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Where does milk come from, Mummy?

Friday 05 June 2009

Our countryside commentator John Sheard despairs at the ignorance of some urban children about where their food comes from and welcomes this weekend’s decision to throw open the farm gates to townsfolk visitors

MUCH to his displeasure, the Duke of Westminster is best known in the gossip columns as the richest property owner in Britain, thanks to his acres of posh property in London’s Mayfair. He hates the label because, as he told me some years ago, he is a “countryman at heart.”

The Duke rarely gives interviews but I had been invited to his country estate at Eaton, near Chester, because he had just won a major environmental award for work on the estate which included, for instance, restoring duck ponds – thriving habitats for all sorts of wildlife – and a scheme he had launched to allow school children from the deprived areas of the North West to visit his farms to see how food is produced.

Dairy Cows in Yorkshire Dales
On show Sunday

The latter had been something of a culture shock to the Duke, who also has a thriving shooting estate on the fringes of the Yorkshire Dales in the Forest of Bowland, and he told me in an obvious state of shock: “Do you know, some of those kids didn’t know that milk came from cows? They thought it was manufactured in some way in the supermarkets.”

Those children came mainly from the most deprived areas of Merseyside but there were no doubt many more with similar misconceptions in the tougher parts of Leeds and Bradford. They will be young adults now, perhaps with children of their own, and one hopes that they can spare the time to tell their youngsters that milk comes from those (mainly) black and white things that wander about in fields.

That, sadly, begs the question: do they ever see a real field, never mind a cow? And do they think that meat comes wrapped in plastic and that apples grow in totally unnecessary polystyrene trays, which add hugely to Britain’s waste mountain that has used up most of the land-fill sites available whilst giving local councils the excuse to cut their bin collections to once a fortnight?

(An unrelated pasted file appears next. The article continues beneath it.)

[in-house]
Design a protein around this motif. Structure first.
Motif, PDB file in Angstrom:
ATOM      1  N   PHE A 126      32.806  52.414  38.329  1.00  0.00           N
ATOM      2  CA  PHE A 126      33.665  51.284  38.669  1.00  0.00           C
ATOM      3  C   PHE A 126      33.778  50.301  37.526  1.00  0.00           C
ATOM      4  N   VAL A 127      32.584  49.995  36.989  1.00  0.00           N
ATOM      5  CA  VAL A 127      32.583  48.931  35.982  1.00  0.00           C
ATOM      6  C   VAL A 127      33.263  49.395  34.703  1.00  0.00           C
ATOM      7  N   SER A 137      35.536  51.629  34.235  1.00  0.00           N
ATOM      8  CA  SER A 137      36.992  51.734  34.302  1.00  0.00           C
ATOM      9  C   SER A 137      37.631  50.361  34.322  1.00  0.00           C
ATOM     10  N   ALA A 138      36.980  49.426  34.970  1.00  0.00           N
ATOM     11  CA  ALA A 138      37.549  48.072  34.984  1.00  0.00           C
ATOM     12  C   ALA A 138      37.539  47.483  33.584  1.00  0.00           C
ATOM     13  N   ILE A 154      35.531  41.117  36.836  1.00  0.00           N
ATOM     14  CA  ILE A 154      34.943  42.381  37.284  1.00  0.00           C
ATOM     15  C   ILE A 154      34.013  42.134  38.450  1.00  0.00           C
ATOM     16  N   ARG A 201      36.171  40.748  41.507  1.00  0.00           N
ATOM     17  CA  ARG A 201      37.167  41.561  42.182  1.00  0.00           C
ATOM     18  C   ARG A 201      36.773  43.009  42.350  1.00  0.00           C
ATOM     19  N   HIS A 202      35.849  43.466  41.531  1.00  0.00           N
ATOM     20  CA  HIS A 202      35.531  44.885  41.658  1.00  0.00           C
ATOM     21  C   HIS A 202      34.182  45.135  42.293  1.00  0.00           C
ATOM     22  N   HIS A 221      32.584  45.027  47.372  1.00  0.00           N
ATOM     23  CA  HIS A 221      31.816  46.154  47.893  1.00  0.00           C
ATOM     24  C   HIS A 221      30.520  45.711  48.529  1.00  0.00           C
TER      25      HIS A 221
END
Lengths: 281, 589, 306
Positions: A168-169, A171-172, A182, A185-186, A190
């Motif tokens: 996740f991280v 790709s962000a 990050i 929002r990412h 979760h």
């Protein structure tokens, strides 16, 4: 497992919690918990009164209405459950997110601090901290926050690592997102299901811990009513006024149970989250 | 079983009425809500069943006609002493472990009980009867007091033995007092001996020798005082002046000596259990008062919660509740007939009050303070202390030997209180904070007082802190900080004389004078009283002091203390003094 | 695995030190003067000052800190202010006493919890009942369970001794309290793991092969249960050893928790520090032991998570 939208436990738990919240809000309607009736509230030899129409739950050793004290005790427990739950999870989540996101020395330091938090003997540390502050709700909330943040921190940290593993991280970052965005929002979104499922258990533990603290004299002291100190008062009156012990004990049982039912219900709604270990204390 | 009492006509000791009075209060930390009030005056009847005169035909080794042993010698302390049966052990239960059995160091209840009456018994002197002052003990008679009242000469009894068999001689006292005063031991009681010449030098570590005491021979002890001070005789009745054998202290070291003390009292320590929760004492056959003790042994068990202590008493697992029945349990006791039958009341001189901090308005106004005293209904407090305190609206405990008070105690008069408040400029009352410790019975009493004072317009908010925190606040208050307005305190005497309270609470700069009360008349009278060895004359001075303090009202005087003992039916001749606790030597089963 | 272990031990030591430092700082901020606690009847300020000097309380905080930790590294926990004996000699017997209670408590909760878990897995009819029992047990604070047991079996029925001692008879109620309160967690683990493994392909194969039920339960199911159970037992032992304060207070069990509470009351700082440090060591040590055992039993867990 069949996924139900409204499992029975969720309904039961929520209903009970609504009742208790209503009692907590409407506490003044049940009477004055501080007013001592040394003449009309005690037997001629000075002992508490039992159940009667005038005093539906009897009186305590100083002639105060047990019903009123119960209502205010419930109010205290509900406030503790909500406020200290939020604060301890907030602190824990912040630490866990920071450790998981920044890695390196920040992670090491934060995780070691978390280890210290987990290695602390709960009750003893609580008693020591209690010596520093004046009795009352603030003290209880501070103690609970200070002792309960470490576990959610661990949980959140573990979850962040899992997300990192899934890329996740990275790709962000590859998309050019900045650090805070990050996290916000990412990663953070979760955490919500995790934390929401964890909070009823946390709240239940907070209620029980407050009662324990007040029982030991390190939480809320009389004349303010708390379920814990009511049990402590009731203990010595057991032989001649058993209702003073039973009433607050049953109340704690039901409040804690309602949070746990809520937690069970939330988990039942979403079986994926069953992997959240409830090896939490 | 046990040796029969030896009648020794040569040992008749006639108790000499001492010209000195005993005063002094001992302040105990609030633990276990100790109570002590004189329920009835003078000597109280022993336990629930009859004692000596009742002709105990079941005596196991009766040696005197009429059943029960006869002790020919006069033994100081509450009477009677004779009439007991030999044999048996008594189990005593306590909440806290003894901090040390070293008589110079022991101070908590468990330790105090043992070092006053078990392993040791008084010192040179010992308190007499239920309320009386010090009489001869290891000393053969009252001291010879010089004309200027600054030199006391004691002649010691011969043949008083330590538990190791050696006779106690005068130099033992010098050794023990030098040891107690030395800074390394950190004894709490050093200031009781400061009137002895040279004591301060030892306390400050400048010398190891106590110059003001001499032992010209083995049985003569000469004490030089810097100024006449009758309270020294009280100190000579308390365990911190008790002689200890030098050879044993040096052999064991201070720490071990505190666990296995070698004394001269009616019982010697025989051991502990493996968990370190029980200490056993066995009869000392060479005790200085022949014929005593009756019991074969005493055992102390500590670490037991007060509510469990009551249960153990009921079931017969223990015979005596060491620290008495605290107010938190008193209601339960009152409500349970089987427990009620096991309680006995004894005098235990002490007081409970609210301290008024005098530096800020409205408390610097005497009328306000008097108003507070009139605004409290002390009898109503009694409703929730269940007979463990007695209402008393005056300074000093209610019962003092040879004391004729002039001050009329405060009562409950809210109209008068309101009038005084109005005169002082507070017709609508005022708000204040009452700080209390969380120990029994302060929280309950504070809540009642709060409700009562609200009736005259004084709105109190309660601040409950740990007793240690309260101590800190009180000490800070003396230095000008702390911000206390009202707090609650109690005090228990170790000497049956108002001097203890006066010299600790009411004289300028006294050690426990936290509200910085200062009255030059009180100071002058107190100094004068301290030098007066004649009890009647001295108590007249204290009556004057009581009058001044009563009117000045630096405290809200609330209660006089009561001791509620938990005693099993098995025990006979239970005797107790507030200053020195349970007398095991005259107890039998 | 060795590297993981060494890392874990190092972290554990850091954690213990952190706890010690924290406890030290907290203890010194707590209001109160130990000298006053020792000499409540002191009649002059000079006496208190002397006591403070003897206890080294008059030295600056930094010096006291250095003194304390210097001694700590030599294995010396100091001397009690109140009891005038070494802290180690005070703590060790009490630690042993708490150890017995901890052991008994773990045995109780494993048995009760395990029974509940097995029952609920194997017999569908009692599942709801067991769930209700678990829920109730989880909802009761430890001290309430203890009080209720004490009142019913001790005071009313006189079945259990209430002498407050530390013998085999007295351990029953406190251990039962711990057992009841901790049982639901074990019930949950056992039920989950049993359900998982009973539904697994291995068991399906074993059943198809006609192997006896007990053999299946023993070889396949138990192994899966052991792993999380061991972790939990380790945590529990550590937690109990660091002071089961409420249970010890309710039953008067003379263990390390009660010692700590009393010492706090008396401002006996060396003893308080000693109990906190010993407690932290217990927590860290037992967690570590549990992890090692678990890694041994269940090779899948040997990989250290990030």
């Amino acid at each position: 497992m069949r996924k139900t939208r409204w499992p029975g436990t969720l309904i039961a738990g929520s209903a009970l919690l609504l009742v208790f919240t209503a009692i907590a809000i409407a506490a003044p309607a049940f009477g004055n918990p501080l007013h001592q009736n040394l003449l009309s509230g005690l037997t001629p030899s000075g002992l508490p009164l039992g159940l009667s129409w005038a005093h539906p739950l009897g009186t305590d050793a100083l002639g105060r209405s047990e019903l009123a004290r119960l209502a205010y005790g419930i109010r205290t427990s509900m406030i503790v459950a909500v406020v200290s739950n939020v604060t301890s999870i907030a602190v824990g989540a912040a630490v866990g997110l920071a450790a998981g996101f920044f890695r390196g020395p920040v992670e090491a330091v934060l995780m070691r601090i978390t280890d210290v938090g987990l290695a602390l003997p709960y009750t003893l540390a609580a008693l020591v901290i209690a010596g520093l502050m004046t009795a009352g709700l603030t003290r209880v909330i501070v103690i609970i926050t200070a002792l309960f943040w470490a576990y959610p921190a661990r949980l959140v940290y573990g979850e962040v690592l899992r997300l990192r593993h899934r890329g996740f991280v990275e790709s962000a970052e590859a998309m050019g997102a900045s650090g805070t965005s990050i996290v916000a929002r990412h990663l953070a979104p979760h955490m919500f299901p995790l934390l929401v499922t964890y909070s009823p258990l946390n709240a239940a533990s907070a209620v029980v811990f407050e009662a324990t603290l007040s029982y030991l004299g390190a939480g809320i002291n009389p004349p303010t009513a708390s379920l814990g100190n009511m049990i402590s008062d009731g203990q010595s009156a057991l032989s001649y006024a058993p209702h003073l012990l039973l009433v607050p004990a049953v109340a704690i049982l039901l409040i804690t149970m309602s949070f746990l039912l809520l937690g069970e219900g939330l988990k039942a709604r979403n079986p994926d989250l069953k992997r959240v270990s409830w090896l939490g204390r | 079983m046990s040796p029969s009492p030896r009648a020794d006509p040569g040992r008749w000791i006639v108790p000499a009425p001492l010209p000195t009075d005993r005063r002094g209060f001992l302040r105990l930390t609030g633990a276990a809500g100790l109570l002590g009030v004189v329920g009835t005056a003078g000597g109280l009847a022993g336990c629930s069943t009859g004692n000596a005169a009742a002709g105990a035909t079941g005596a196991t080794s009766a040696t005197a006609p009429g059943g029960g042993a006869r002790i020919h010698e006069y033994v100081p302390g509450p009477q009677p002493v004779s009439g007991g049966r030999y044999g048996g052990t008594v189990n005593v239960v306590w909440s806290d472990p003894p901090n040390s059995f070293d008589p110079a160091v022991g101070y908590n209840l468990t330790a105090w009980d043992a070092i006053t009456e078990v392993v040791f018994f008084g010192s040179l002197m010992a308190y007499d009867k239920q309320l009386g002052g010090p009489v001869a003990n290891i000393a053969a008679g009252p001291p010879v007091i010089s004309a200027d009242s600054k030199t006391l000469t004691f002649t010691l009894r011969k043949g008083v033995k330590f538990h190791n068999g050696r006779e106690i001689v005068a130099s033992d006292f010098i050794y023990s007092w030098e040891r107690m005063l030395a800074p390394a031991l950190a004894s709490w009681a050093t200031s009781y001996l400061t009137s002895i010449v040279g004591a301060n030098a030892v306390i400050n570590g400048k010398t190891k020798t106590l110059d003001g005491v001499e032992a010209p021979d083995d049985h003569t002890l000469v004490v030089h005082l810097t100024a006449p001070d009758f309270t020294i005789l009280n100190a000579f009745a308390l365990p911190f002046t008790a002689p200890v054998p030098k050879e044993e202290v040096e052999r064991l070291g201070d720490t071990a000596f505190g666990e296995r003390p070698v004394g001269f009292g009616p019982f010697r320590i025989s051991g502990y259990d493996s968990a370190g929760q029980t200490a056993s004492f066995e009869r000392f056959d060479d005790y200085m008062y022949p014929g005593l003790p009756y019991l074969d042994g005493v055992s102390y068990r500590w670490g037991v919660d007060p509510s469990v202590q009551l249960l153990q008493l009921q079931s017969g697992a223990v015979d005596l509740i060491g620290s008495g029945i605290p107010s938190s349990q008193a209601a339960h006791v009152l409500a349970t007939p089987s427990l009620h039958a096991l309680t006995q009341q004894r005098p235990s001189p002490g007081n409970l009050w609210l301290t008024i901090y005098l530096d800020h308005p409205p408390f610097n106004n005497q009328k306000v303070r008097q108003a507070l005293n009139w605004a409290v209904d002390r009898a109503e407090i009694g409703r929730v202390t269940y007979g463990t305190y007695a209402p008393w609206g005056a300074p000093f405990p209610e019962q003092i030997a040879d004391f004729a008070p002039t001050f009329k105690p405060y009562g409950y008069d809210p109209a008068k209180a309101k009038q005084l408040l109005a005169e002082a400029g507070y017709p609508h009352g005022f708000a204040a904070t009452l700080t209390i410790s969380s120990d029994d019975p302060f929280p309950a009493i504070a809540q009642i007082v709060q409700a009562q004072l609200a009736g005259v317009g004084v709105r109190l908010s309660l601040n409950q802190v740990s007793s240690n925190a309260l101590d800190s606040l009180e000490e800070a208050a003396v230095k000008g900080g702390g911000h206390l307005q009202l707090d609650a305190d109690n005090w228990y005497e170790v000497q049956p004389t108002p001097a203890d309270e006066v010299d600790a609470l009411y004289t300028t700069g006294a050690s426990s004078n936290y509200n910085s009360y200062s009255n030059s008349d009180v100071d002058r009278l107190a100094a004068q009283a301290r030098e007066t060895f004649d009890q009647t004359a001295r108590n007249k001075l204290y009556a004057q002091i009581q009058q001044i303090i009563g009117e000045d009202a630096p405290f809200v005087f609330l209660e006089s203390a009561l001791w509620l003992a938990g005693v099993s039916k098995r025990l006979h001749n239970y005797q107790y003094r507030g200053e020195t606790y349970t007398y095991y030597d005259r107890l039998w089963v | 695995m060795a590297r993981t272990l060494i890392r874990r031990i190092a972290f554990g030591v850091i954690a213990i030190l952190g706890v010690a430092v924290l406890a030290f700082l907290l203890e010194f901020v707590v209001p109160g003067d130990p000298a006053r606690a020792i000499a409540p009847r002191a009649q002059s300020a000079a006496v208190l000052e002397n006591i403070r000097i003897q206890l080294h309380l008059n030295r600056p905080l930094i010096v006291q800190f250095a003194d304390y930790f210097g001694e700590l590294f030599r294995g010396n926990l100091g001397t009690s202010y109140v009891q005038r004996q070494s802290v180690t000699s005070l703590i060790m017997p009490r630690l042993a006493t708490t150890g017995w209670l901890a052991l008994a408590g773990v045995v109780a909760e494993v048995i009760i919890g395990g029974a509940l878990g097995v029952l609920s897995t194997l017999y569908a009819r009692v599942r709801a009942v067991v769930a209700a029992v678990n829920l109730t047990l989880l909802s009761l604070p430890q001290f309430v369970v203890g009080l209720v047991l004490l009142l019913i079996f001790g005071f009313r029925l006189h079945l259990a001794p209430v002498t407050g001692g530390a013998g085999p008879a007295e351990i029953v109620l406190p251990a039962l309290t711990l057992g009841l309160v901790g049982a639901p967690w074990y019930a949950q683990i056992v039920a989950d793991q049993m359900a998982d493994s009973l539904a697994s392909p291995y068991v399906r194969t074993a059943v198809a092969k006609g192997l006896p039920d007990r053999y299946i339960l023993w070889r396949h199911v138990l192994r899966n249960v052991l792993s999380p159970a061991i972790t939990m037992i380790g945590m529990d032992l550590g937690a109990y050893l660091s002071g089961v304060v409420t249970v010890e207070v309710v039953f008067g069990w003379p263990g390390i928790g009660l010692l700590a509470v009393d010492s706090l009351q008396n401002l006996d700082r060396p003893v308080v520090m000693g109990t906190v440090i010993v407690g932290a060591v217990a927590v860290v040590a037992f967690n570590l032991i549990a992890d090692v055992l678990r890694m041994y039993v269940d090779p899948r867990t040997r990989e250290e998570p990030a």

If so, there is a valuable opportunity this weekend for city folk to load the kids into the car and taken them out into the countryside to visit a real-life farm, see what goes on there, and – for the lucky ones – perhaps the chance to cuddle a new-born lamb, feed some geese, and collect some eggs (now where do they come from, Mummy?).

The fourth annual Open Farm Day takes place on Sunday (see News, Tuesday) and event backed by the environment department Defra and promoted by Natural England, the Government quango which is as worried as me about the lack of knowledge about food production.

I do urge both parents and children to take advantage of this offer

This .of course, acts as one of the causes of the junk-food epidemic that is making diabetes one of the most deadly public health hazards this country has faced since we got rid of rickets almost a century ago. And I hope the mums and dads who take the kiddies to these farms pay attention, too, because they may be just as ignorant as junior – they are, after all, part of the supermarket generation.

Farms in Yorkshire and Humber taking part in Open Sunday are:

  • Fulwith Mill Farm, Fulwith Mill Lane, Harrogate HG2 8HJ
  • Whirlow Hall Farm, Whirlow Lane, Sheffield S11 9QF
  • Green Farm, Hellifield, Nr Skipton, North Yorks BD23 4LA
  • Manor Farm, Kelfield, York YO19 6RG

For more information about Open Farm Sunday and to find a farm near you, visit www.farmsunday.org

I do urge both parents and children to take advantage of this offer because, although obvious but often overlooked, what we eat and how it is produced is one of the absolute basics of life. To live in ignorance of it is, to me, unforgiveable. But let’s not lecture: Sunday is free and will be great good fun. Have a good day!

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